• Future Directions
    • Further examine the role of skeletal muscle in modulating heart disease using heart-skeletal muscle double transgenic mice.
    • Investigate the potential of the micro-dystrophin gene for treatment of DMD heart disease .
    • Investigate the role of the dystrophin c-terminal domain in the heart.
    • Determine the importance of dystrophin for the conduction system of the heart.
    • Background on Duchenne muscular dystrophy (DMD) heart disease
    • Background on gene therapy for DMD heart disease
    • How much gene or cell therapy do we need?
    • Which version of the dystrophin gene is the best?
    • When can we treat?
    Outline
  • Experimental Design
    • Treat mdx mice with rAAV-9 microdystrophin at;
      • pre-clinical stage
      • symptomatic stage
    1. Generate rAAV-9 carrying the microdystrophin gene
    • Examine mice 3-6 months after treatment for signs of disease
  • AAV-9 microdystrophin efficiently transduces the heart at both the latent and symptomatic stage . Bostick et al 2008 Human Gene Therapy Latent Stage Symptomatic Stage Low Power View High Expressing Region High Expressing Region Low Expressing Region
  • Treatment with AAV-9 microdystrophin during the latent stage improves the electrocardiographic function . Bostick et al 2008 Human Gene Therapy
  • Treatment with AAV-9 microdystrophin during the symptomatic stage reduces fibrosis and improves electrocardiographic function. Symptomatic Mdx AAV Treated Mdx BL10 PR (ms) * † QT (ms) Untreated Mdx (n=5) BL10 (n=6) Treated Mdx (n=5) HR (bpm) *
  • Treatment with AAV-9 microdystrophin during the symptomatic stage improves left ventricular performance. Volume (  l) Pressure (mmHg) Untreated Mdx BL10 Treated Mdx * dP/dt Max (KmmHg/sec) * Ejection Fraction (Percent) † Stroke Volume (  l ) Untreated Mdx (n=6) BL10 (n=8) Treated Mdx (n=6) BL10 (n=8) Treated Mdx (n=6) Untreated Mdx (n=6) *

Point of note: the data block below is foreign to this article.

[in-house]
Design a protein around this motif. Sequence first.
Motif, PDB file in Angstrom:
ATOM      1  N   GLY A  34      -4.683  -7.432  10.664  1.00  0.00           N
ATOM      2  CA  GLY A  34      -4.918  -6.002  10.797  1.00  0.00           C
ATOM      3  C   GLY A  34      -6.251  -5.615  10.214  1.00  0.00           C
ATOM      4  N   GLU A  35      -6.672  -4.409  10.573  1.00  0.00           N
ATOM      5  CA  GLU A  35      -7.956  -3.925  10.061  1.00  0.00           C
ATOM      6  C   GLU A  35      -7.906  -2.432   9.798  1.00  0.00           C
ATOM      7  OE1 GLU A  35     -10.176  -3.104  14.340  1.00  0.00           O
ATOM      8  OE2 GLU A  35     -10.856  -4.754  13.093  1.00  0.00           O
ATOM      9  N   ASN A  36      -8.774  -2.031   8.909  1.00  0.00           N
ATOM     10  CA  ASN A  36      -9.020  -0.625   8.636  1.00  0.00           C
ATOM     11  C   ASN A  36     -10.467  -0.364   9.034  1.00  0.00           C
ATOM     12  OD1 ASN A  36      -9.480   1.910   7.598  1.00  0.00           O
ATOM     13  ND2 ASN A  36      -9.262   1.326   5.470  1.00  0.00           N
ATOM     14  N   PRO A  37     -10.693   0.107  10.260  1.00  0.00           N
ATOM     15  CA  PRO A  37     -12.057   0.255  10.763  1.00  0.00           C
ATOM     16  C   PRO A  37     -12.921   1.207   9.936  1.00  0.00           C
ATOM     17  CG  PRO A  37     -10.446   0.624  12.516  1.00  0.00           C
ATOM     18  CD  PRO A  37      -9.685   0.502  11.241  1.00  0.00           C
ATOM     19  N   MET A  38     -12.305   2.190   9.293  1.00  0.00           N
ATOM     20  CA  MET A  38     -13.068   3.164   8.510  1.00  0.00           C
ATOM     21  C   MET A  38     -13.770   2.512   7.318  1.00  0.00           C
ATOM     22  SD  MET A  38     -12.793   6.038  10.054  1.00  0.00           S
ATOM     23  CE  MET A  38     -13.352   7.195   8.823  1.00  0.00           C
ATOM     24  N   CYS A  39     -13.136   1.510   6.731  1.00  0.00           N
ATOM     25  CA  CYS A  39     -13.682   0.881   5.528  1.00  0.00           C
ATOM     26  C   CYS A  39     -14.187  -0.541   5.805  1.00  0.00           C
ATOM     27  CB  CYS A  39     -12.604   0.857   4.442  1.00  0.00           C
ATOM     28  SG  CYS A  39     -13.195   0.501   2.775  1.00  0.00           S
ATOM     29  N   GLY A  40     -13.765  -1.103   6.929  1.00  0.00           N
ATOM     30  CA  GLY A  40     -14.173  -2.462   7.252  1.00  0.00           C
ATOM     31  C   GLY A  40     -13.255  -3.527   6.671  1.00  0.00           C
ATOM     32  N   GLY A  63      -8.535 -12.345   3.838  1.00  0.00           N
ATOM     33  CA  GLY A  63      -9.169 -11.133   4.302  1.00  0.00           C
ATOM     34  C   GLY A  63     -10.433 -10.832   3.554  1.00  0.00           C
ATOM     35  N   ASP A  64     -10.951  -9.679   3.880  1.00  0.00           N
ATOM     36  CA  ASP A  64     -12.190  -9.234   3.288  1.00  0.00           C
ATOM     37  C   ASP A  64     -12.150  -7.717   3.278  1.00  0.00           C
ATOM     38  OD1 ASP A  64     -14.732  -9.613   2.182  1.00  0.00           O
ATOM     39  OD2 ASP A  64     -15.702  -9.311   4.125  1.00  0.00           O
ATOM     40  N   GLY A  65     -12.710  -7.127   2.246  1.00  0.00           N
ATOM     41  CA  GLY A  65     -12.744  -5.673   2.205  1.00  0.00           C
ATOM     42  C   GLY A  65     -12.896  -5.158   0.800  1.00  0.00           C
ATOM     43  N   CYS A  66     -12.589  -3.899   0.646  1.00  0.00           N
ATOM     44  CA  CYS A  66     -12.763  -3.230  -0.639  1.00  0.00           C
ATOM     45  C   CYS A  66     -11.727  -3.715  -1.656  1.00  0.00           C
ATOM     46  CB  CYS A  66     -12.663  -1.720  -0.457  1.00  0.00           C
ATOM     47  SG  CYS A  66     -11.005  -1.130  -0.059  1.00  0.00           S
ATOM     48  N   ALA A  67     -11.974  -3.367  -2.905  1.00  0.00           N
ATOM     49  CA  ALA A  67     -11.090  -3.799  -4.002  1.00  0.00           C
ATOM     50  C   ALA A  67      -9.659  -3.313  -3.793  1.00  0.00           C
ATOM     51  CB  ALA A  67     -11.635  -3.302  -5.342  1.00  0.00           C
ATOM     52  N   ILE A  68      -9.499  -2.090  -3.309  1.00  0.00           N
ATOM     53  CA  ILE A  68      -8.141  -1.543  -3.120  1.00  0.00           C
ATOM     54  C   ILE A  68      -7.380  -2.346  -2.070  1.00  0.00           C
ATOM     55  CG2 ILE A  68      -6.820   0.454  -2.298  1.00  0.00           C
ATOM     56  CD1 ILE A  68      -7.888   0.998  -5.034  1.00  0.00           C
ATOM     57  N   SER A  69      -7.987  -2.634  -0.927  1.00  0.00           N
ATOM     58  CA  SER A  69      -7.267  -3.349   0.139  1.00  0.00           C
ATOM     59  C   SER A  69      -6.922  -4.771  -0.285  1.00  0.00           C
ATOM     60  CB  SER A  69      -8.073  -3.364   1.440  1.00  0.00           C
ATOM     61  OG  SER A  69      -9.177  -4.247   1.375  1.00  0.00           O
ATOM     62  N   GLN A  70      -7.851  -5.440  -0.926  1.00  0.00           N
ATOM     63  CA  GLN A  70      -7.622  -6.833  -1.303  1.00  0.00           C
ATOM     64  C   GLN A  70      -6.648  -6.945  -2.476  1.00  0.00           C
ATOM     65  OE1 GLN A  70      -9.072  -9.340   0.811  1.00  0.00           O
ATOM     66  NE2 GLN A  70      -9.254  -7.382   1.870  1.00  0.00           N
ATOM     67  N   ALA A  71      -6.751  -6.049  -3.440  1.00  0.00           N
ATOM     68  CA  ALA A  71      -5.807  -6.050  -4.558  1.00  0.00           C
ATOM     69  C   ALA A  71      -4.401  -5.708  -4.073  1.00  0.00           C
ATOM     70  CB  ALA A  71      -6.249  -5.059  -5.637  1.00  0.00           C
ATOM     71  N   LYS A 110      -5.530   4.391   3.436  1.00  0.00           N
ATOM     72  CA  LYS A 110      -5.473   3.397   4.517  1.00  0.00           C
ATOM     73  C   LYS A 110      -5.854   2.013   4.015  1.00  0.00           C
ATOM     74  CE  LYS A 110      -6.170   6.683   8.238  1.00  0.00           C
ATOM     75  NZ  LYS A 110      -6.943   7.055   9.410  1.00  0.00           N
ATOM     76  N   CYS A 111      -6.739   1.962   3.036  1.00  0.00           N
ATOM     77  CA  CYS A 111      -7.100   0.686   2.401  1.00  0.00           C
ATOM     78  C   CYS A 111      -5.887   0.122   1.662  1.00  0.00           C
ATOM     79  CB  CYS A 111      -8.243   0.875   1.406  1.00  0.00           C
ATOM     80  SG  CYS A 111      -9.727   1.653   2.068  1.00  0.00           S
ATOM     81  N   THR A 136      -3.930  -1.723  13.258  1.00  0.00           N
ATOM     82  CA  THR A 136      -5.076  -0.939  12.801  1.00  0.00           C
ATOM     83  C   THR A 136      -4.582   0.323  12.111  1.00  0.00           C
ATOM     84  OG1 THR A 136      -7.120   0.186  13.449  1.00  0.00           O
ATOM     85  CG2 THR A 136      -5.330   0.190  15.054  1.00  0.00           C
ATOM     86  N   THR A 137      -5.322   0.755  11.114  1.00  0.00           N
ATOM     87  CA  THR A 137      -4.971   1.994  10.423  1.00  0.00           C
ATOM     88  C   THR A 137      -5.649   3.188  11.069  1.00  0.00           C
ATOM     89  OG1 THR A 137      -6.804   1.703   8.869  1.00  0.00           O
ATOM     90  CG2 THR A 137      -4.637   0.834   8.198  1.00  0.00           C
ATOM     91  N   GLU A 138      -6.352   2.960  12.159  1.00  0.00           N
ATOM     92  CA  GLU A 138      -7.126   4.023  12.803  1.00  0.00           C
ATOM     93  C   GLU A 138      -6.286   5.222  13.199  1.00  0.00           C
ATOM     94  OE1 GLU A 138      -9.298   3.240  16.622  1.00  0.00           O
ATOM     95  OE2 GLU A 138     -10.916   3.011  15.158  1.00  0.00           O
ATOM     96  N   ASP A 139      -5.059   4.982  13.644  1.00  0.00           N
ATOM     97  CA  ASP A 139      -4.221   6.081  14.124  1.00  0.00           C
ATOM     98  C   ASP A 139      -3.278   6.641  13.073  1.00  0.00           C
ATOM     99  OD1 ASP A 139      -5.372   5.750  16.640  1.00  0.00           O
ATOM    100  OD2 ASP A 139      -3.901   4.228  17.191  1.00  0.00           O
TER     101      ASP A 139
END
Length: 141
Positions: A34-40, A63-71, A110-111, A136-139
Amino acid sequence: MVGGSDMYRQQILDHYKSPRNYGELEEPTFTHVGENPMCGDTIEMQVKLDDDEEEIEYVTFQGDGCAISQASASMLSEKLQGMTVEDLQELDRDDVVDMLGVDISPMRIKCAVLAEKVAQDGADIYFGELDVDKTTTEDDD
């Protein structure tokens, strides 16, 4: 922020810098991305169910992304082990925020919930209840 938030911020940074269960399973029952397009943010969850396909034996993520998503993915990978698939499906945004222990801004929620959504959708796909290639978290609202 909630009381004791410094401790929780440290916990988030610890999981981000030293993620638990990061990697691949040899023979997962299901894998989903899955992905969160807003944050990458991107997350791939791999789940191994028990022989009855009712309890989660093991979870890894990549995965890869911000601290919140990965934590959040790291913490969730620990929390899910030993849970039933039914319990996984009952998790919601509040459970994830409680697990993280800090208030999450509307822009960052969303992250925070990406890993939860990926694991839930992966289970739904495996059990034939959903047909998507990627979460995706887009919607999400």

• Conclusions
    • rAAV-9 can efficiently transduce the mouse myocardium .
    • rAAV-9 mediated microdystrophin gene therapy can treat the ECG changes during the latent phase of dystrophic cardiomyopathy.
    • rAAV-9 mediated microdystrophin gene therapy is capable of treating dystrophic cardiomyopathy during the symptomatic stages of disease.
  • Future Directions
    • Examine the potential of pre-clinical gene therapy to prevent dilated cardiomyopathy .
    • Determine the potential of rAAV-9 mediated gene therapy during the dilated/fibrotic stage of DMD heart disease.
    • Determine the potential of rAAV-9 mediated mini-dystrophin gene therapy using the dual vector technology.
  • Acknowledgements
    • Lab Members
    • Ms. Yongping Yue Mr. Nate Marschalk
    • Dr. Arka Ghosh Mr. Nick Marschalk
    • Dr. Yi Lai Ms. Amanda Shelton
    • Ms. Chun Long Mr. John Bohlmeyer
    • Dr. Dejia Li Mr. Chady Hakim
    Mentor Dr. Dongsheng Duan Collaborators Dr. Deb Fine (U. of Missouri) Dr. Jeff Chamberlain (U. of Washington) Dr. Jeff Robbins (U. of Cincinnati) Support NIH Life Sciences Training Grant Muscular Dystrophy Association NIH NIAMS Dissertation Committee Dr. Dave Pintel Dr. Mike Misfeldt Dr. Kerry McDonald Dr. Bill Fay